I am inheriting the interfaces without implementing its functions and I am running great.  I also am using the IPluginOne names before the function names, and all the functions that I am trying to override are public...

It puzzles me...

Commented:
I'm sorry, I was not quite right.
You could use interface name before function name in implementaion class.
With some restriction
- the explicit implementation method cannot have an access modifier /it is always public/
- a function can't be declared with the abstract, virtual, override, or new keywords
- you cannot access the explicitly implemented method through the object itself.

Commented:
>I am inheriting the interfaces without implementing its functions
Could you give us a short sample, please.

if you only change interface i.e. add new test function
interface IPluginOne
{
    double Add (double x, double y);
    double AddTest (double x, double y);
}

Compiler give you errror like :
'PluginOne' does not implement interface member 'IPluginOne.AddTest(double, double)'      
axnst2IT Manager

Author

Commented:
Interfaces:

    public interface IDBPluginV010000
    {
        string Name { get;}
        string VersionString { get;}
        string Author { get;}
    };

    public interface IDBPluginV010001 : IDBPluginV010000
    {
        double Add(double a, double b);
        double Subtract(double a, double b);
        double Multiply(double a, double b);
        double Divide(double a, double b);
    };

Their Implementation:

namespace DBPlugin
{
    public class DBPluginV010000 : IDBPluginV010000
    {
        private string m_Name="Name";
        private string m_Version = "1.0.0";
        private string m_Author = "GreatOne";

        string IDBPluginV010000.Name
        {
            get
            {
                return m_Name;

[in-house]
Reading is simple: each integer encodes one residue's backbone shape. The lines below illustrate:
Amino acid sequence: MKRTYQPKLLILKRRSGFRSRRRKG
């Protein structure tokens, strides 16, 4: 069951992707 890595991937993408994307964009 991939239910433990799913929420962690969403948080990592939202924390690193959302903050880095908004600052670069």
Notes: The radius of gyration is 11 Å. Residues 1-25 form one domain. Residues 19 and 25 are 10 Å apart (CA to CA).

}
        }

        string IDBPluginV010000.VersionString
        {
            get
            {
                return m_Version;
            }
        }

        string IDBPluginV010000.Author
        {
            get
            {
                return m_Author;
            }
        }
    }

   class DBPluginV010001 : DBPluginV010000, IDBPluginV010001
    {// This class inherits from the <DBPluginV010000> class and implements the
     // <IDBPluginV010001> interface.  However, it does not implement any of DBPluginV010000' functions

          double IDBPluginV010001.Add(double a, double b)
        {
            return a + b;
         }

        double IDBPluginV010001.Subtract(double a, double b)
        {
            return a - b;
        }

        double IDBPluginV010001.Multiply(double a, double b)
        {
            return a * b;
        }

        double IDBPluginV010001.Divide(double a, double b)
        {
            return a / b;
        }
    }
}

This runs and works fine.  As soon as I try to overwrite the VersionString method in the second plugin is where I run into problems.

Commented:
>However, it does not implement any of DBPluginV010000' functions
You already did it. Try to change
from
class DBPluginV010001 : DBPluginV010000, IDBPluginV010001
to
class DBPluginV010001 : IDBPluginV010001
and you see the difference

The second try
add this class
    public interface IDBPluginV010002
    {
        string Name { get;}
        string VersionString { get;}
        string Author { get;}